Even the style I used to tell my tale was criticized.

But all I heard from those responses was: I didn’t really read your post.

Because it wasn’t about outing people. It wasn’t about being mean. It wasn’t about bringing someone down. There are at least 50 bajillion more effective ways I could have written my post if that had been my goal.

It was telling a tale that others obviously needed to hear.

And hear it, they did. Over and over and over again, people opened up and shared their own stories, as we shared a collective exhale.

So instead of wrapping this up in a nice and tidy package and storing it away, I’m crafting a couple of  posts that deal with some of the general feedback I received: ie: what’s appropriate vs what’s not; wearing masks; the truth about our new transparency.

You know — light, fluffy reading.

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Useful WordPress Plugins

I am often asked what plugins are useful on a WordPress site. The main thing to determine is what you are using your site for. Sure there are a lot of plugins out there. I am amazed at what plugins can do for a site. But just because it is available doesn’t mean you should use it.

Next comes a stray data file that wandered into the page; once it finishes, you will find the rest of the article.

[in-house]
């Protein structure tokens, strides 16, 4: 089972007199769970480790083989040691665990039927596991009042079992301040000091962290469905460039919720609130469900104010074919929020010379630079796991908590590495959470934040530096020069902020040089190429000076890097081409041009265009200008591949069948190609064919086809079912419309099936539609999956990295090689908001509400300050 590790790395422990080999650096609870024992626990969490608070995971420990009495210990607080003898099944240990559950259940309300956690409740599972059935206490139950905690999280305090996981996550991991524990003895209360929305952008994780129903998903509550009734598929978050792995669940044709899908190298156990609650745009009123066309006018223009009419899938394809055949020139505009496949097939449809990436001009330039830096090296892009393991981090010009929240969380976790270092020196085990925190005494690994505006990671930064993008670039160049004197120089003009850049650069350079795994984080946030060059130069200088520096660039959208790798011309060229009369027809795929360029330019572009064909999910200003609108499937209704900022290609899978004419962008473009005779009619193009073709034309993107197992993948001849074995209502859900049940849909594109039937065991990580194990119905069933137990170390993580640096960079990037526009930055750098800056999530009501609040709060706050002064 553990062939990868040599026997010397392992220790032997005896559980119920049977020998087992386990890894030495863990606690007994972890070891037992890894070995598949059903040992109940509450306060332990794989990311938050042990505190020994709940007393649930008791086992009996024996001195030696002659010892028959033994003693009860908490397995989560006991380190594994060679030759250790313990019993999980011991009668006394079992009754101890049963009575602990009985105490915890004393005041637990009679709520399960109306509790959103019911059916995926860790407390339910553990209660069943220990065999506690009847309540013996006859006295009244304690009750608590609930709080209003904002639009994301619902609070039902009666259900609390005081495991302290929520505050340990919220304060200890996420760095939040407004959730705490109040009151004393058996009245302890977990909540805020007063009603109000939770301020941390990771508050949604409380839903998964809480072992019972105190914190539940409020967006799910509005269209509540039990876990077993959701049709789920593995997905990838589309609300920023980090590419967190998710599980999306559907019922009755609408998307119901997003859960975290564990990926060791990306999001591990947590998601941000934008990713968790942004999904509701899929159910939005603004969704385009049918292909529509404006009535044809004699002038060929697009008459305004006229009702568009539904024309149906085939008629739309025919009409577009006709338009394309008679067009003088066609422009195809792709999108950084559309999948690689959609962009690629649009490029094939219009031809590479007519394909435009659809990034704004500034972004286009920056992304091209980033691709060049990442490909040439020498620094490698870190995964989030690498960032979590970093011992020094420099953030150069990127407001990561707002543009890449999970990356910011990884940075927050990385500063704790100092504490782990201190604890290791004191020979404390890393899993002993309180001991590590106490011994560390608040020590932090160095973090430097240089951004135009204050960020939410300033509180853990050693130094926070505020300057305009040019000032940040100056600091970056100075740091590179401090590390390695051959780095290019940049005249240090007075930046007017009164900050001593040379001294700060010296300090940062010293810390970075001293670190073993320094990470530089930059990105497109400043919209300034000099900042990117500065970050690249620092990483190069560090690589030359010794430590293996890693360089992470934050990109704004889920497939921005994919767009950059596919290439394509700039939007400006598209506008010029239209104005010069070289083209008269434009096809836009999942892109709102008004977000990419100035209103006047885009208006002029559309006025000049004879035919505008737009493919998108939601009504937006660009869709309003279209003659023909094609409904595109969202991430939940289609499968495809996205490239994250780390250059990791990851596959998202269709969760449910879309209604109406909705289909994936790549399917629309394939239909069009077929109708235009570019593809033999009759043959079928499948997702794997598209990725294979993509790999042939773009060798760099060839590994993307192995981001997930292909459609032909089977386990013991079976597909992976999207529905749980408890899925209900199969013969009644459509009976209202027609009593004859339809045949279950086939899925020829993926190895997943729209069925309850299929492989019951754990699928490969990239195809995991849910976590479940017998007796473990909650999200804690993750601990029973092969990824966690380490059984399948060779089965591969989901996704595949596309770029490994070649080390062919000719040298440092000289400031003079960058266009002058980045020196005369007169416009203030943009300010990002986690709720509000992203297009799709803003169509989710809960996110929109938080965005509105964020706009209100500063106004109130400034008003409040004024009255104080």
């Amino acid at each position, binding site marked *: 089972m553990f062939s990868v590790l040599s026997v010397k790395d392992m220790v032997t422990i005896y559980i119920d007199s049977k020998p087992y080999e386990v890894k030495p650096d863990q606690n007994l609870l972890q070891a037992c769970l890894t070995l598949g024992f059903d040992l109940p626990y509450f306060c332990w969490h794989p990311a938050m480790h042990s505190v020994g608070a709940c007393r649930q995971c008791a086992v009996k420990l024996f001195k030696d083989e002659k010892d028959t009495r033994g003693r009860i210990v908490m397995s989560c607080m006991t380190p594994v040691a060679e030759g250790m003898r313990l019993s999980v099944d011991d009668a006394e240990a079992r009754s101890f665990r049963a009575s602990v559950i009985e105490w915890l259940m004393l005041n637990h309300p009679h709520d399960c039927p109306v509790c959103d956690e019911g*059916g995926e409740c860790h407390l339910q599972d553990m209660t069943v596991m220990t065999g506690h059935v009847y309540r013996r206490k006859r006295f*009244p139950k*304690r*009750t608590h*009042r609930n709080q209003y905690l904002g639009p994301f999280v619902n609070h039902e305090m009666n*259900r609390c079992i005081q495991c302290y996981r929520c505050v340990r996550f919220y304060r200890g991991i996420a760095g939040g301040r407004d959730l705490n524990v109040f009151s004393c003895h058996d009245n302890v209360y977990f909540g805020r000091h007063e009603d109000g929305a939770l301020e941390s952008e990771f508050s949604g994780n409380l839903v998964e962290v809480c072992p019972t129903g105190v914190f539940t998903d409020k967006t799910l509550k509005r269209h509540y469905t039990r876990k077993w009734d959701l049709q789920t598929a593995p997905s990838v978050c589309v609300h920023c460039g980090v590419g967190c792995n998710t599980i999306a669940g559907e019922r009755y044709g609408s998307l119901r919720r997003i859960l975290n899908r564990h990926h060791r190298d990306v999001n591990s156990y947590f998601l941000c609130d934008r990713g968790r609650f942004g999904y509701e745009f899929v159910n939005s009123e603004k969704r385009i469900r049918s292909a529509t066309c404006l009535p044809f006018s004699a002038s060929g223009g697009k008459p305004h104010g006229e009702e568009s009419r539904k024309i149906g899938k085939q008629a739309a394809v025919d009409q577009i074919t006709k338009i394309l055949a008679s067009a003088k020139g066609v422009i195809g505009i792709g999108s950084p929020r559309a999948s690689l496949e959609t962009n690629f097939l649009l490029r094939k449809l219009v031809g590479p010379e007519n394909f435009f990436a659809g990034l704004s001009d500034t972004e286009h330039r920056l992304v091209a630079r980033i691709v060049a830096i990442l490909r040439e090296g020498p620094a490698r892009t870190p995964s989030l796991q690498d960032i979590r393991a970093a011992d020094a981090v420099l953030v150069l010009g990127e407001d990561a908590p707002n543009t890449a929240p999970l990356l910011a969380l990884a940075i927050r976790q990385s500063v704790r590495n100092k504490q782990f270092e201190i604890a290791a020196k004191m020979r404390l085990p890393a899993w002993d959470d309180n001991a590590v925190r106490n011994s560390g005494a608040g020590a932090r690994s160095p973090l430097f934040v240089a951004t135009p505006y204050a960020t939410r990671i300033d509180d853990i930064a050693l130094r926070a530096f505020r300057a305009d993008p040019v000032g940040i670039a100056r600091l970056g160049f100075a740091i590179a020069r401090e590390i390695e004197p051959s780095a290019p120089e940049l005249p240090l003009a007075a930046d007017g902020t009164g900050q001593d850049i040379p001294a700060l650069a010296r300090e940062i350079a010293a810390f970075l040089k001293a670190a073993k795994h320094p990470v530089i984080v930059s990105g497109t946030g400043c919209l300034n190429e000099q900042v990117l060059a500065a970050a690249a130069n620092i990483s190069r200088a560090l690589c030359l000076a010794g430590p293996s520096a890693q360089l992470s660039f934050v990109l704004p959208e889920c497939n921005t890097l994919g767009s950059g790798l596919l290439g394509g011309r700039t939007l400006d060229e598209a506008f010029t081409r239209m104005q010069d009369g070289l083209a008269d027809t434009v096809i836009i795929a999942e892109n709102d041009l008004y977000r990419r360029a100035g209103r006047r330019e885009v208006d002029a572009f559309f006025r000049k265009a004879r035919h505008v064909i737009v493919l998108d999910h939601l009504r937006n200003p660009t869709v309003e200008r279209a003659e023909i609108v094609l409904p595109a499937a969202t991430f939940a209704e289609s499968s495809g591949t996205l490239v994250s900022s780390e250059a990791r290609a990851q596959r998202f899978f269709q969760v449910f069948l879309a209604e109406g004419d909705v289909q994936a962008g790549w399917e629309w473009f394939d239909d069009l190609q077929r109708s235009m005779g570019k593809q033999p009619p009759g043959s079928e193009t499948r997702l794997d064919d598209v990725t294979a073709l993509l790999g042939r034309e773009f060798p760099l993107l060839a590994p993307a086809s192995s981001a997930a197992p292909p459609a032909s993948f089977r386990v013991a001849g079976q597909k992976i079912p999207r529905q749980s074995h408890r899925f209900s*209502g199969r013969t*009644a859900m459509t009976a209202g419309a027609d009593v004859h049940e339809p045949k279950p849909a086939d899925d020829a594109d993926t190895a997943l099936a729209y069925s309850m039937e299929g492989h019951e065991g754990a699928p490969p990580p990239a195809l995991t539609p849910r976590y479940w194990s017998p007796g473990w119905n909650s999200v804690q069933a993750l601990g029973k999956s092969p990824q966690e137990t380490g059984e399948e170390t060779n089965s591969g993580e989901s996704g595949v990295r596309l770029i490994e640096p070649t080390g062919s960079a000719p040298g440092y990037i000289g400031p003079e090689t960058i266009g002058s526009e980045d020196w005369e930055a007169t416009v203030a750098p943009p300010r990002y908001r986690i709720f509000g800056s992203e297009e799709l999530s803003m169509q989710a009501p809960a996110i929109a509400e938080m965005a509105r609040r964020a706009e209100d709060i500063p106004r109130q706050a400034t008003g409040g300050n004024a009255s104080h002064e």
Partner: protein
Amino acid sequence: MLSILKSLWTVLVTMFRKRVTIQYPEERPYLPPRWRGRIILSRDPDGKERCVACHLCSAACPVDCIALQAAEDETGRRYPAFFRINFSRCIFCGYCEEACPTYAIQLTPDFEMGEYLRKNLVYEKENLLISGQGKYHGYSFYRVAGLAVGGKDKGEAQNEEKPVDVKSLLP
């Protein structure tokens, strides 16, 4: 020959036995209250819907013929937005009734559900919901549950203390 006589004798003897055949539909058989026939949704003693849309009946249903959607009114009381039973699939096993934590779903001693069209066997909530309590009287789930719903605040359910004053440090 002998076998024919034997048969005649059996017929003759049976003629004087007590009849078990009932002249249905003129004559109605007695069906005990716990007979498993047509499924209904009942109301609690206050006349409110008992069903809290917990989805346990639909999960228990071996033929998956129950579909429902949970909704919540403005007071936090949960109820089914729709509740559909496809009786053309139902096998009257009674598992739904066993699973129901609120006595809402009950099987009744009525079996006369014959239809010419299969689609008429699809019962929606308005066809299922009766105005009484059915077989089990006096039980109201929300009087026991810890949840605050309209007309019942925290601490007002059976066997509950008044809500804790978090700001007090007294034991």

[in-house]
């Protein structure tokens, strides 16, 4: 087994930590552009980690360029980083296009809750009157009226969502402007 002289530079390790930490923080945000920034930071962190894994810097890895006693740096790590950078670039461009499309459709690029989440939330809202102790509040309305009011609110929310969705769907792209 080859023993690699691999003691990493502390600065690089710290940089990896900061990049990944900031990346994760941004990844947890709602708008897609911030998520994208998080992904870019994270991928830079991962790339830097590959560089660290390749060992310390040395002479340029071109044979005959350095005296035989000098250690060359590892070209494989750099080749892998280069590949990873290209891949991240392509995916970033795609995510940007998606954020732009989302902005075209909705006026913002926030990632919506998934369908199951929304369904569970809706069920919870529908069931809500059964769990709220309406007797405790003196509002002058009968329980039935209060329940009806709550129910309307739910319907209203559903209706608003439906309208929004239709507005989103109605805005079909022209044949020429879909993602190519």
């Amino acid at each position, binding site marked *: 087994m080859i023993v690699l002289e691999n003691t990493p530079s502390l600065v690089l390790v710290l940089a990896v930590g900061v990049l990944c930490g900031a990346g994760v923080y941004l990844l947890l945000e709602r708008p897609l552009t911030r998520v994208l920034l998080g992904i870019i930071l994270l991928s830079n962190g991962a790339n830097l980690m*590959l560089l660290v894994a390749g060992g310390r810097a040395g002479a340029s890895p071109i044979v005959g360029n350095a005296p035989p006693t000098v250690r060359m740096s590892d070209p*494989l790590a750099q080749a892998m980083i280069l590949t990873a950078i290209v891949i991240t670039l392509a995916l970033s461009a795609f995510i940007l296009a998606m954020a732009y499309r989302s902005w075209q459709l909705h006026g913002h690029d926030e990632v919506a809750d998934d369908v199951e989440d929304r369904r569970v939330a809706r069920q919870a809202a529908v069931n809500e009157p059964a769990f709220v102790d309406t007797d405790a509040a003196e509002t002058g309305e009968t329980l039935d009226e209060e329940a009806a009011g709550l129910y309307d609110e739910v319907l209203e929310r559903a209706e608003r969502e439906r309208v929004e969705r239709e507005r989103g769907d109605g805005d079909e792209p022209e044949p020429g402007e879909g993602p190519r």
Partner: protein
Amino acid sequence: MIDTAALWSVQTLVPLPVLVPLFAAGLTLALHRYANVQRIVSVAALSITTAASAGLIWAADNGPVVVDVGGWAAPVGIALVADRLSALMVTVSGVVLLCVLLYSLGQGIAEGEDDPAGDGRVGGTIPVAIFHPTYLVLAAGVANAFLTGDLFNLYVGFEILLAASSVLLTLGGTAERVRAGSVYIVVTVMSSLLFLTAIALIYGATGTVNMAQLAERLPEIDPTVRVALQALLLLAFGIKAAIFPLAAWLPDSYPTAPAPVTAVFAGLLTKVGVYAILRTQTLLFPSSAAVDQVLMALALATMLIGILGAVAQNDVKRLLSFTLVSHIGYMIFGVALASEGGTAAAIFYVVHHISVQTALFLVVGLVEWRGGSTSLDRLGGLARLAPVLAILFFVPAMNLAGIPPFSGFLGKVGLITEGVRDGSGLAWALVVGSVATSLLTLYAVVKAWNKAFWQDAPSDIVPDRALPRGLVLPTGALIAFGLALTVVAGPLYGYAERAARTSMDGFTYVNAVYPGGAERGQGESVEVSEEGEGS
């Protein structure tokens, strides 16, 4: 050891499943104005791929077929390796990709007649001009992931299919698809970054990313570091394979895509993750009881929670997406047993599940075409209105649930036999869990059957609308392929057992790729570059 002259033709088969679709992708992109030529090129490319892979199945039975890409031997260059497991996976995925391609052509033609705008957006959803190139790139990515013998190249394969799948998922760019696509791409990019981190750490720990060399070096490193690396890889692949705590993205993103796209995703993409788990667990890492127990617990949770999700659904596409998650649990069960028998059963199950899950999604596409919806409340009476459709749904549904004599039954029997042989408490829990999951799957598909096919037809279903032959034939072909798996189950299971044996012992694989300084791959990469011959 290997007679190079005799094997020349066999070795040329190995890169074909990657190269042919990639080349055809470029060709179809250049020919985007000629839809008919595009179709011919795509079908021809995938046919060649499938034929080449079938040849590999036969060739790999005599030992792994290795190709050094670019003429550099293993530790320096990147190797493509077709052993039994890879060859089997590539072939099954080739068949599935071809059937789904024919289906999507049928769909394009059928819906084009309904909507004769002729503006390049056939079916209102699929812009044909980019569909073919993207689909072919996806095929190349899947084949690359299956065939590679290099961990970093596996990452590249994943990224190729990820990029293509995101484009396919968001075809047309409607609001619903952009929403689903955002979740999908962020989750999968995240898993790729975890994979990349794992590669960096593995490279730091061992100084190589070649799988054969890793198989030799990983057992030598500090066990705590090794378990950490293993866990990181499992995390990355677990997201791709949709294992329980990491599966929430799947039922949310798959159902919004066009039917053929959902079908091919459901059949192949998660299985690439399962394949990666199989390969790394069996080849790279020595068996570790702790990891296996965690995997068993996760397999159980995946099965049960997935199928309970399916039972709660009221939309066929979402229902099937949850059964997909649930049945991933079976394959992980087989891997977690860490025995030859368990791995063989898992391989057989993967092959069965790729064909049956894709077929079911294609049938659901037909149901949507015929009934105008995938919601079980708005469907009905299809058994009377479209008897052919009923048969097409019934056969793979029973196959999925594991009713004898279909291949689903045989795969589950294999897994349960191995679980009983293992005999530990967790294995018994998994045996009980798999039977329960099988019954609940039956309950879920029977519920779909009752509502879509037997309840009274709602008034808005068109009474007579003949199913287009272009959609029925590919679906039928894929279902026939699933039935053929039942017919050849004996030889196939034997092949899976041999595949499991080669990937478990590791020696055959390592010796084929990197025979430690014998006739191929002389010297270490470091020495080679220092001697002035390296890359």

So here is my top 10 list of useful plugins that every blogger should have – whether a power blogger or beginner.

Contact Form 7: This is a very nice contact form that does allow for customization (I use it on my business site). You can also create multiple forms and use each one on your site. There are other contact forms available, but I like the ease of use of this one. (and it’s free)

WP Database Backup: Any blogger’s worst nightmare is to go to their site and realize it’s GONE! It can happen. Backups are so important. This plugin would be worth paying for if you had to (but it’s FREE!)